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I am indebted to the factual material collected and very well documented in W. O. Henderson’s The Life of Friedrich Engels in two volumes (Frank Cass, London, and Portland, Or., 1976). Gustav Mayer’s two-volume biography in German is published as Friedrich Engels in an abridged English translation by Gilbert and Helen Highet, edited by R. H. S. Crossman (Chapman & Hall, London, 1936; H. Fertig, New York, 1969). David McLellan’s Modern Masters Engels (Fontana/Collins, Glasgow, 1977; Penguin, Baltimore, Md., 1978) presents a brief account of Engels’s life and works.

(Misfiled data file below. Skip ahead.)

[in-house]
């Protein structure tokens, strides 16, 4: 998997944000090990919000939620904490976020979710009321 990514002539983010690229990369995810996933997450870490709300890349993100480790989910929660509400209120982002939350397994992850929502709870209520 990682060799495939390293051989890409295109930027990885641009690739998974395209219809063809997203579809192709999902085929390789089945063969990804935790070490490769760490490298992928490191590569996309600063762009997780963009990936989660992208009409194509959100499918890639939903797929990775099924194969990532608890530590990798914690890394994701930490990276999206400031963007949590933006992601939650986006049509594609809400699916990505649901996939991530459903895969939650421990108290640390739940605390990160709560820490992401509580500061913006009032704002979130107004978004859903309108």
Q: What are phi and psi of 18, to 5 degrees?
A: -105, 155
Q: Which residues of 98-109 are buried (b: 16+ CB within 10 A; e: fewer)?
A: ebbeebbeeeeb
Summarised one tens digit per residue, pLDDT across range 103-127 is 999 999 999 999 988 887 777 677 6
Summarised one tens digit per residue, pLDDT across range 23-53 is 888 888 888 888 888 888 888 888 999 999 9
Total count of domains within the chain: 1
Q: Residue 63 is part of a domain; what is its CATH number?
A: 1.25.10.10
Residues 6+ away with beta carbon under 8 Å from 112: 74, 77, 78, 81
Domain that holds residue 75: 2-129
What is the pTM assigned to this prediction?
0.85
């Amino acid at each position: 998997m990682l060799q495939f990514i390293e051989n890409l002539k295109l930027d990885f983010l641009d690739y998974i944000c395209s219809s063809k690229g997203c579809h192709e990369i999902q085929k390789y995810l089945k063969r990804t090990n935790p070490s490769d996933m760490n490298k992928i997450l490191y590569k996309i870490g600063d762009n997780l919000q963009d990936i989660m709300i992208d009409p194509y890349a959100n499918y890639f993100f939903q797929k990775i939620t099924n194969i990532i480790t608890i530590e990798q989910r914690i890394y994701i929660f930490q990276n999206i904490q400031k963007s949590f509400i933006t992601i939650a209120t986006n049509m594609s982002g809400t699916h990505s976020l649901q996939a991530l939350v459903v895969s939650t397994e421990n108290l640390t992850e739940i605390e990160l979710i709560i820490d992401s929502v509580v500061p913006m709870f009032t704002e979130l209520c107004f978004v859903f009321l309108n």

Engels’s major works are discussed in Fritz Nova’s Friedrich Engels: His Contributions to Political Theory (Vision Press, London, 1968; Philosophical Library, New York, 1967). Engels, Manchester and the Working Class by Steven Marcus (Random House, New York, 1974) presents an analysis of the work from a literary point of view. Engels’s early works on British politics feature in Michael Levin, The Condition of England Question: Carlyle, Mill, Engels (Macmillan, London, and St Martin’s, New York, 1998). His late work The Origin of the Family, Private Property and the State has become a classic of Marxistfeminism and gender studies; see Janet Sayers, Mary Ann Evans, Naneke Redclift (eds.), Engels Revisited: New Feminist Essays (Tavistock, London, 1987), and two articles by Terrell Carver, ‘Engels’s Feminism’, History of Political Thought, 6/3 (1985), 479–89, and ‘Theorizing Men in Engels’s Origin of the Family’, Masculinities, 2/1 (1994), 67–77. There are two recent edited volumes offering critical discussions of a wide range of topics that Engels was concerned with: Christopher J. Arthur (ed.), Engels Today: A Centenary Appreciation (Macmillan, Basingstoke, and St Martin’s, New York, 1996), and Manfred B. Steger and Terrell Carver (eds), Engels after Marx (Pennsylvania State University Press, University Park, Pa., 1999). The Marx-Engels relationship is considered in Norman Levine, The Tragic Deception: Marx contra Engels (Clio Books, Oxford, and Santa Barbara, Calif., 1975). I have also published Marx and Engels: The Intellectual Relationship (Wheatsheaf Books, Brighton, and Bloomington, Ind., Indiana University Press, 1983), and a biographical study Friedrich Engels: His Life and Thought (Macmillan, Basingstoke, 1989, and St Martin’s, New York, 1990).